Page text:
My mother started testing boundaries again lately and has sent me two nasty e-mails followed by half-assed apologies, so I decided to set some healthy boundaries (thank you to my life coach!) basically saying that this behavior is unacceptable and will not be tolerated any longer. When my father and I spoke about it, I told him explicitly that if she pulls one more stunt, she will be cut off permanently because this has been going on for over TEN YEARS (his excuses are always, “well, she’s having a tough time right now…” or “she’s scared so she’s lashing out…”). And I will cut her off too. I have been in therapy to deal with my issues concerning her for the past 7 years, and I know that I will be fine without her and that I do not deserve to be treated this way. (I also had a recent break-through realizing just how horribly dysfunctional my family is.)

    So to the LW: I implore you, please do not be like my mother. She has single-handedly destroyed almost all of the important relationships in her life and has done irreparable damage to her relationships with me and with my sister (just like her mother did before her, and she swore she would never be like her). She is missing out on my life because even though she loves me, she has made it clear that the love is conditional and that she doesn’t really like me. We live a half hour apart right now and I do my best to avoid seeing her. She doesn’t even know me anymore and I don’t know if she even realizes that. I do not want you to end up with a similar relationship with your son, even though I know you are in a difficult position. Please listen to the Captain’s advice, even though it will be hard. Good luck to you!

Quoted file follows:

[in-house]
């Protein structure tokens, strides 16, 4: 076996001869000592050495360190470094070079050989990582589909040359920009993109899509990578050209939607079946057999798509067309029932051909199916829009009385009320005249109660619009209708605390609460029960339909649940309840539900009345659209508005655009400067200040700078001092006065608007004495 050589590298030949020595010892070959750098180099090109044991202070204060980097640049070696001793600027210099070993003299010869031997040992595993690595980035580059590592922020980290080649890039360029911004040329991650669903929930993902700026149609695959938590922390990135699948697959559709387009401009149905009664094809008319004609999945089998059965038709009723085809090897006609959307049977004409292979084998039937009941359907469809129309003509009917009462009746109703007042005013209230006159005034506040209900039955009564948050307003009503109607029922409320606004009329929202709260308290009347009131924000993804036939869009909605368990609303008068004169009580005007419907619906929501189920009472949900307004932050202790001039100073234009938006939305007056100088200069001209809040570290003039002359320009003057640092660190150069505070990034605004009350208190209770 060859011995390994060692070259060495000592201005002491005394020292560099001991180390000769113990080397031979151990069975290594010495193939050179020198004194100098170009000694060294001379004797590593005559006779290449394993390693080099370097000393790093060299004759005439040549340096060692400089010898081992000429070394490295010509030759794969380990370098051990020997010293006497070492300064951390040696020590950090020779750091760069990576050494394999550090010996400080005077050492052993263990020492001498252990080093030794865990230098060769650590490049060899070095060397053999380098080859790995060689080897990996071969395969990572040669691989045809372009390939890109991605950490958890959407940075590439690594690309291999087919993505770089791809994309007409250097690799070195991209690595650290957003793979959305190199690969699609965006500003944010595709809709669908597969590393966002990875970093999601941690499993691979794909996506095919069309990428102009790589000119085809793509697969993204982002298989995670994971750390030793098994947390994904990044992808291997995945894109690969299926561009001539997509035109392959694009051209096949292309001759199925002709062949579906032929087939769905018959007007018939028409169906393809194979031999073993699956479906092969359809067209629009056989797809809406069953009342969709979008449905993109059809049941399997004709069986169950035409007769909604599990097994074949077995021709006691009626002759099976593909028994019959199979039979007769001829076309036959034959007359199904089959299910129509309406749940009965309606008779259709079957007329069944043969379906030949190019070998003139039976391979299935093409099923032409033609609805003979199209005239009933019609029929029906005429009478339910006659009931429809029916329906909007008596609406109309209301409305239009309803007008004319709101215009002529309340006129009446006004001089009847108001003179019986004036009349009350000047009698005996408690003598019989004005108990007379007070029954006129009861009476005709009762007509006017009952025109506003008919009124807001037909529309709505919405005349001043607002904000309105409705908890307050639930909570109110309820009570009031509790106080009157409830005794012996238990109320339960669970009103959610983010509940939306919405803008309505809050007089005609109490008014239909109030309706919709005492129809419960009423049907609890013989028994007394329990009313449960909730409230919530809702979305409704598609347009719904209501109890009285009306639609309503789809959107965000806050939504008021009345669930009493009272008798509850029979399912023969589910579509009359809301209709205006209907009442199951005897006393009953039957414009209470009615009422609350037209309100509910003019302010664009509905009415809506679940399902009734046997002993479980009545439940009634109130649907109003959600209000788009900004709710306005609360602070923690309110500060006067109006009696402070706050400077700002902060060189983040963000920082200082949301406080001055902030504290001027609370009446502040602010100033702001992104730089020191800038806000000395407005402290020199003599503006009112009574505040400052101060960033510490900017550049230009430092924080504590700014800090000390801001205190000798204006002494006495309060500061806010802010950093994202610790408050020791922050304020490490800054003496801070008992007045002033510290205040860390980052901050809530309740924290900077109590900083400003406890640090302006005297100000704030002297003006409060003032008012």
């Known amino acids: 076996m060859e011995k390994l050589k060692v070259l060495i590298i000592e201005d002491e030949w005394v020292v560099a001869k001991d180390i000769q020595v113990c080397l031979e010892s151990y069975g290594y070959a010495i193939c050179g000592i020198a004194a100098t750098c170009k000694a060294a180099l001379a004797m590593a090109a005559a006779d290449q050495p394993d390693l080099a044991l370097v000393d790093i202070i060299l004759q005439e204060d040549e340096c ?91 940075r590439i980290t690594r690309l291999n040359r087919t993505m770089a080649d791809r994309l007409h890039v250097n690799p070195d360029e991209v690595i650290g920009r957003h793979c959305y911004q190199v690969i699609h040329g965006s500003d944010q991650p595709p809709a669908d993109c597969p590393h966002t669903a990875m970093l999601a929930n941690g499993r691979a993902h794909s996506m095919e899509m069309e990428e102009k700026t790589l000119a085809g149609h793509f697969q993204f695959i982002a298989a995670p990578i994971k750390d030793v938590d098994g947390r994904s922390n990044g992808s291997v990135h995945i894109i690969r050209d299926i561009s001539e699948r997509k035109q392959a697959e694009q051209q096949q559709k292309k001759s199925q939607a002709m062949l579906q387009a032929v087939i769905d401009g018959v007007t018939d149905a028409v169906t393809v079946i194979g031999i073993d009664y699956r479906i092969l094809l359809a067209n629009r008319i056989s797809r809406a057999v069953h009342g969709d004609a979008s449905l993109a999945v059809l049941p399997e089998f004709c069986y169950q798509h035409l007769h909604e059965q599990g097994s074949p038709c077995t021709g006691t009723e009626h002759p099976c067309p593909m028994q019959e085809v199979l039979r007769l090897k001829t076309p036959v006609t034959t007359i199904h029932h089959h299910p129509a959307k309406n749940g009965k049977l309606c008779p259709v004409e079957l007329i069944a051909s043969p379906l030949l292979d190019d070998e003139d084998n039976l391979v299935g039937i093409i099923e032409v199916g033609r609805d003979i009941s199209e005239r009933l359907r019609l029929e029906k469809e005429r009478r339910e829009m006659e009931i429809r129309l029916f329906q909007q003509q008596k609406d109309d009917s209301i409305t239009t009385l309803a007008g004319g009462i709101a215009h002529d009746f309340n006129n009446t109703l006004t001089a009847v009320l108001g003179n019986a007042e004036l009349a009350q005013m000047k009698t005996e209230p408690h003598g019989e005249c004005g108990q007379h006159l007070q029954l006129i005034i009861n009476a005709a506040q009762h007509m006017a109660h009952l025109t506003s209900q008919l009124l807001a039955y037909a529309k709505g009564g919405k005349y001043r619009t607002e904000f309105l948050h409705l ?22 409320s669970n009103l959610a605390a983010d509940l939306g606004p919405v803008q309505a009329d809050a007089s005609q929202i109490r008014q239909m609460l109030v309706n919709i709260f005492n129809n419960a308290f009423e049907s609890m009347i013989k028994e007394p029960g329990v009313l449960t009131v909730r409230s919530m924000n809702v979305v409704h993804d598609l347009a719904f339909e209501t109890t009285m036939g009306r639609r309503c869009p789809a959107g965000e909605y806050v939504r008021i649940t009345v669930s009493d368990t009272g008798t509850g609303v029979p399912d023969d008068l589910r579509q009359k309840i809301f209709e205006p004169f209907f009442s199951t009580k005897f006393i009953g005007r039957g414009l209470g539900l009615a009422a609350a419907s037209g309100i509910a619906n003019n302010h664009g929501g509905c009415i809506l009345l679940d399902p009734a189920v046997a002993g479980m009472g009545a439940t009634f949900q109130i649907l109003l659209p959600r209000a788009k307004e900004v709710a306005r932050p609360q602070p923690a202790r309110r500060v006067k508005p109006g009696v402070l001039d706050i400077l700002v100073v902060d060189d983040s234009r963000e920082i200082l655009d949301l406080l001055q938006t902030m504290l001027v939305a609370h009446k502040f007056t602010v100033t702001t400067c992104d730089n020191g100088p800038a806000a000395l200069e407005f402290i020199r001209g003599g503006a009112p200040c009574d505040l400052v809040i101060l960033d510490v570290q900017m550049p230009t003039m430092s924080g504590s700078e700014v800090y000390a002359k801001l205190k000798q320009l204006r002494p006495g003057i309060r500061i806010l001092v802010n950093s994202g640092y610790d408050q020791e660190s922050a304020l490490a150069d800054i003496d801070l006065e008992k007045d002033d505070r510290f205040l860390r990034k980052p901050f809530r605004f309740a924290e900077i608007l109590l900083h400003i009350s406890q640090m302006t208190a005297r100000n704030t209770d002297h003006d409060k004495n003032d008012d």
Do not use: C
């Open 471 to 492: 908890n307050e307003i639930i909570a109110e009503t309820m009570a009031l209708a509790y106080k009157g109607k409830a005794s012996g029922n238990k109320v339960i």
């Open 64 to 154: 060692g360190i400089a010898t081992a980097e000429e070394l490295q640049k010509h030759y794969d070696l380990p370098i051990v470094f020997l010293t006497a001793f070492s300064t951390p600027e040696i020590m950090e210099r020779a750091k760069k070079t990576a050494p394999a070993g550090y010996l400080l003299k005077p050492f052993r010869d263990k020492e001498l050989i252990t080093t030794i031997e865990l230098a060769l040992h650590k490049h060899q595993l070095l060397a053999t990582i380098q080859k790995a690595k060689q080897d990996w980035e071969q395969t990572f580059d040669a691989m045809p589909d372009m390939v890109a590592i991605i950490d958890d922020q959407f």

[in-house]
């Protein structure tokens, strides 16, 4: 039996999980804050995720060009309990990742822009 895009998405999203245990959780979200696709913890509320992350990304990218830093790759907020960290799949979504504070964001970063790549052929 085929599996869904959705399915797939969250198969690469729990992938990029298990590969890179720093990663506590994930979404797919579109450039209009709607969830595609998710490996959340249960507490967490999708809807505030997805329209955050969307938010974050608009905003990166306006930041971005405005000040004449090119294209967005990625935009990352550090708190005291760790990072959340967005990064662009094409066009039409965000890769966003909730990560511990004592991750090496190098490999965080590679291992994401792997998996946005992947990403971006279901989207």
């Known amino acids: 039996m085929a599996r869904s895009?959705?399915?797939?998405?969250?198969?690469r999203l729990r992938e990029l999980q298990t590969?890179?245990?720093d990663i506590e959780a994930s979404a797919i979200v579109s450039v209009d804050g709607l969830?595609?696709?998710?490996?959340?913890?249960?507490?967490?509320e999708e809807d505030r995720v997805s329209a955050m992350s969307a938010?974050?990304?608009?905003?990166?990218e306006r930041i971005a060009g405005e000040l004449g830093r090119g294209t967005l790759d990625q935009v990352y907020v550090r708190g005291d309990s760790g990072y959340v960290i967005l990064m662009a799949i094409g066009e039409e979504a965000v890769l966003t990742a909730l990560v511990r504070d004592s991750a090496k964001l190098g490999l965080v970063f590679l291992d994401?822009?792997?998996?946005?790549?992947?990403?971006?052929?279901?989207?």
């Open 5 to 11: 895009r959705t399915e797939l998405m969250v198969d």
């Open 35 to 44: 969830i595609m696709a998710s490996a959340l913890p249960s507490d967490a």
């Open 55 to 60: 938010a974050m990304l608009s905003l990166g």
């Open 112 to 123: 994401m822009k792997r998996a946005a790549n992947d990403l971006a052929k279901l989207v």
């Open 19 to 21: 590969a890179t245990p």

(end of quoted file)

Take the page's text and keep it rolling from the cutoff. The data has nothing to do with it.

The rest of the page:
• Sissa said:

      This sounds a LOT like my father. Judgemental and snappy. every since his divorce from my mother he has been slowly ruining our relationships with him by involving me and my little sister in the dirty laundry of all the family business related to the divorce and then guilt tripping us over the fact we just don’t want to spend time or talk with him.

      Now, more than 10 years after the divorce, I occasionally get a call from him (I think he is feeling guilty about the past but he would never admit that!) – usually he’s quite drunk – asking about the weather (I live in a different country now) or other superficial things. It makes me sad, really, but I don’t know what I’m supposed to do with him anymore.

  16. Anisoptera said:

    LW your comment about sex addiction is really bugging me. For starters, sex addiction is a contentious diagnosis that’s still under debate, but in as much as it’s a problem that exists, it’s about a pattern of excessive sexual behaviour that is causing the sufferer distress and interfering with their ability to function day to day. Moving in with a woman your parents don’t like isn’t one of the signs.

    Sometimes deciding someone must have a mental illness when there really is no evidence of such is a form of concern trolling. It’s a way of turning anger, disappointment and disapproval of someone’s actions into concern for their well being, and at the same time it’s a way of making them not responsible for doing the bad thing you don’t like. In a way, you’re saying your son might not be mentally competent to choose his girlfriends because you don’t happen to like his current choice.

    People who make choices you wouldn’t make are not by default mentally ill.